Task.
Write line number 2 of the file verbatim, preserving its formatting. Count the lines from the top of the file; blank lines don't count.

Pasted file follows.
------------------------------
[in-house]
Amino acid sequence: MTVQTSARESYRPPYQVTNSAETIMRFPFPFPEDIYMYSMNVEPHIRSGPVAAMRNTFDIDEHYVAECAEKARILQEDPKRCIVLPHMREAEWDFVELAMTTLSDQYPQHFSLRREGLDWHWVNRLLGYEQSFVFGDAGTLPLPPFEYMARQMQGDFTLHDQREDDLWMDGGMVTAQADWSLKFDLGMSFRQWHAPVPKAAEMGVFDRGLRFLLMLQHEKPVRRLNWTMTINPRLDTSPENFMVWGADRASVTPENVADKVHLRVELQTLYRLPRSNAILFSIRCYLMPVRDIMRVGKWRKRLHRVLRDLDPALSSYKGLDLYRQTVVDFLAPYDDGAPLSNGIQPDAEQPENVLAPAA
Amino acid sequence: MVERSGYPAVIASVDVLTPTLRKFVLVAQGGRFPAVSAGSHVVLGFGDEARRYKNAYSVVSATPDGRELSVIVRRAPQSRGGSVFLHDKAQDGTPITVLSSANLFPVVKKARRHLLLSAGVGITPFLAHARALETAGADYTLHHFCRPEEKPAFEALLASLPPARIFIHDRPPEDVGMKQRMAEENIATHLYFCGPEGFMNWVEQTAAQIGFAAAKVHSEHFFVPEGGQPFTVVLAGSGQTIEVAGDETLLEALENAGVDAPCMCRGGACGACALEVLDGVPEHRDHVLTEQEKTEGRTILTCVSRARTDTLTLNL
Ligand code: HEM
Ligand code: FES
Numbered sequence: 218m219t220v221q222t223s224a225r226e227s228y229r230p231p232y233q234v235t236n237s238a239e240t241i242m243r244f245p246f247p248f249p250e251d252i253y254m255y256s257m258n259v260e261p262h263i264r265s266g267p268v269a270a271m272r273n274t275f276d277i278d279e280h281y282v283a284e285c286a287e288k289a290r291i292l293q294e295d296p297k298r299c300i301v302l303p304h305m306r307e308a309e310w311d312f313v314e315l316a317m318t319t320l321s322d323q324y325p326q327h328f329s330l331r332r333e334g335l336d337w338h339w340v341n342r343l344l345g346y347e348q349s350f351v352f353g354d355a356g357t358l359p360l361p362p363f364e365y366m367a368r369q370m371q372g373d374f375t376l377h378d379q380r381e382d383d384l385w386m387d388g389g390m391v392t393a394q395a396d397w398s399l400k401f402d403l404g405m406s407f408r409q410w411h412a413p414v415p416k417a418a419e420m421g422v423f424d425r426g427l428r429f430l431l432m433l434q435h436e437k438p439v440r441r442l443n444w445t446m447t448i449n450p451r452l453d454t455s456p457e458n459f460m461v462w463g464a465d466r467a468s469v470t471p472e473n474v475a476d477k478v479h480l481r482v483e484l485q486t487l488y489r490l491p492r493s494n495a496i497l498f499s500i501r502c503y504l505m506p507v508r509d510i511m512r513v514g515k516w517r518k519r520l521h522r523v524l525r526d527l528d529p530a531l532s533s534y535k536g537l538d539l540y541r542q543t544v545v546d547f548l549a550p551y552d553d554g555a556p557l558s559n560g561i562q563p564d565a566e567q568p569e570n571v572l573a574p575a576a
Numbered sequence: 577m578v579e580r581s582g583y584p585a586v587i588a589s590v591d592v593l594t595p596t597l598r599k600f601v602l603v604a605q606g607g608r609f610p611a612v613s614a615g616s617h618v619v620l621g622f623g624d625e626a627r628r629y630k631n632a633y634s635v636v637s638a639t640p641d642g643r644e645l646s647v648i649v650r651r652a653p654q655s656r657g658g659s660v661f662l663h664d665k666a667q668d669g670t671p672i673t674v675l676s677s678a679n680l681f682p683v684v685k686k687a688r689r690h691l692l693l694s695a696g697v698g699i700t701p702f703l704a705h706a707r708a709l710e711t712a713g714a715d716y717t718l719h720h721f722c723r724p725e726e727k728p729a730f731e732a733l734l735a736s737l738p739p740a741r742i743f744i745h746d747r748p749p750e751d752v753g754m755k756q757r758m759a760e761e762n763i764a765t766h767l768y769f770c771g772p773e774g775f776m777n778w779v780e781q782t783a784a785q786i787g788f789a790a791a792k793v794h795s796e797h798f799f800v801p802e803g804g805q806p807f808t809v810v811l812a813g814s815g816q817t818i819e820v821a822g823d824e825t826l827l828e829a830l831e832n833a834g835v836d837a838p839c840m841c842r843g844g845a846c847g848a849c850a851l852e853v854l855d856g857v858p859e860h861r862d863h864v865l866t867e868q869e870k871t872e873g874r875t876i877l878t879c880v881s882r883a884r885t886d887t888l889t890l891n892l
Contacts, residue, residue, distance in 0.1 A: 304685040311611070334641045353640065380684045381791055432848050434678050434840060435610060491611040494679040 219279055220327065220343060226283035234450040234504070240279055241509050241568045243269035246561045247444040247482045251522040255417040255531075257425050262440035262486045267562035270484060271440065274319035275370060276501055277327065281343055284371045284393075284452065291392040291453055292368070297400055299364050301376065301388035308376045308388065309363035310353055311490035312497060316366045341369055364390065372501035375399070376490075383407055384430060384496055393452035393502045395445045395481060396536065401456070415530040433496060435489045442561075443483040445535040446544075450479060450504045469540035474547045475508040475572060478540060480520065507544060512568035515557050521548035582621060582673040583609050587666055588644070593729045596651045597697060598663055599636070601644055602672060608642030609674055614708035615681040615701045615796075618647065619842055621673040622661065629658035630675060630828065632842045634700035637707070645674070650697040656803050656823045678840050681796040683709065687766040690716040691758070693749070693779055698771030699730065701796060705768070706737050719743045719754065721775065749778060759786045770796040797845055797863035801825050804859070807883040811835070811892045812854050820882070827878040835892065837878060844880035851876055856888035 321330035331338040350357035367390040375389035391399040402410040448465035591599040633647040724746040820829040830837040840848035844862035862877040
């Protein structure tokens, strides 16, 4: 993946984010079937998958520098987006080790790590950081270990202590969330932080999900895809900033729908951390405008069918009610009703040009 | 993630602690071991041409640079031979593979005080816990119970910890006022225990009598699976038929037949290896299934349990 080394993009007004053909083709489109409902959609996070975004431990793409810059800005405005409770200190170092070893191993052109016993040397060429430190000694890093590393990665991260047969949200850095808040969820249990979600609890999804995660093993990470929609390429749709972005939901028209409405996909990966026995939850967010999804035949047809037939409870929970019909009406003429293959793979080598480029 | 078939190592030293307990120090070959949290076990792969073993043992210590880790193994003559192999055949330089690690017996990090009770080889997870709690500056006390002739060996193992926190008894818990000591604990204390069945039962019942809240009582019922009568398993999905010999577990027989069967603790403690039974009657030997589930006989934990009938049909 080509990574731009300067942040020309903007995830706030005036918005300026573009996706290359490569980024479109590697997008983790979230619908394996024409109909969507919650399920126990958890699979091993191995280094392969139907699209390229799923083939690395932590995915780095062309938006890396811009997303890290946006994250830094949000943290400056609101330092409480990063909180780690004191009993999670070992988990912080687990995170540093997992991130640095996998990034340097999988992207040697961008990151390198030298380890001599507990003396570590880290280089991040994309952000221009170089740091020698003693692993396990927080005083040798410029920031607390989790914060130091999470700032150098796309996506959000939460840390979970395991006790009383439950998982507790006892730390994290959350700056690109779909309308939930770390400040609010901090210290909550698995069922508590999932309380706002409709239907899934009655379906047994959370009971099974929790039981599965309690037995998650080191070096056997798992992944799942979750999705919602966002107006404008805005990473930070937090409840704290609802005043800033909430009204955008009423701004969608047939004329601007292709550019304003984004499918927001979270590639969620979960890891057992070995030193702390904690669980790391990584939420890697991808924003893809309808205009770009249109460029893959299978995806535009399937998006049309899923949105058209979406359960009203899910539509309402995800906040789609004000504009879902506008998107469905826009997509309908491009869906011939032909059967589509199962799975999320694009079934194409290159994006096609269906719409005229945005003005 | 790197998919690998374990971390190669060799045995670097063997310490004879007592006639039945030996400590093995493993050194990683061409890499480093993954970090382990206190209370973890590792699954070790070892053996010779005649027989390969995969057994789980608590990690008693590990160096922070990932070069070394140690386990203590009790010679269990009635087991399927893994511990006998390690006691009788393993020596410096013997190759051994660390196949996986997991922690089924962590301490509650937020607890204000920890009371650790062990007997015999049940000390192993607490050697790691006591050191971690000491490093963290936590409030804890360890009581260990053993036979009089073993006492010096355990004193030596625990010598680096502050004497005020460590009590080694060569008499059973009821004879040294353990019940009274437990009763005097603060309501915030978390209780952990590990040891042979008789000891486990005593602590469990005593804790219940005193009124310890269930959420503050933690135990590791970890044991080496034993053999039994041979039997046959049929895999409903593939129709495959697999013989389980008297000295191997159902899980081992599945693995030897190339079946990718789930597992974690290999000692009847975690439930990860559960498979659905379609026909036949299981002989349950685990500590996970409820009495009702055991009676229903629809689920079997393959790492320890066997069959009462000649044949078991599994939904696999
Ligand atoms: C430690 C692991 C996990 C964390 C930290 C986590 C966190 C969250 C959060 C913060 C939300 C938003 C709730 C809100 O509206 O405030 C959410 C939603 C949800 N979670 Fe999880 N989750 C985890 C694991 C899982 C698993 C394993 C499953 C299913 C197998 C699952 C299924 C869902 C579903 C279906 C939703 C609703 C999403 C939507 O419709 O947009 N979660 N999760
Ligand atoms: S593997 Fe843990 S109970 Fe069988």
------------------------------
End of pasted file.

Amino acid sequence: MTVQTSARESYRPPYQVTNSAETIMRFPFPFPEDIYMYSMNVEPHIRSGPVAAMRNTFDIDEHYVAECAEKARILQEDPKRCIVLPHMREAEWDFVELAMTTLSDQYPQHFSLRREGLDWHWVNRLLGYEQSFVFGDAGTLPLPPFEYMARQMQGDFTLHDQREDDLWMDGGMVTAQADWSLKFDLGMSFRQWHAPVPKAAEMGVFDRGLRFLLMLQHEKPVRRLNWTMTINPRLDTSPENFMVWGADRASVTPENVADKVHLRVELQTLYRLPRSNAILFSIRCYLMPVRDIMRVGKWRKRLHRVLRDLDPALSSYKGLDLYRQTVVDFLAPYDDGAPLSNGIQPDAEQPENVLAPAA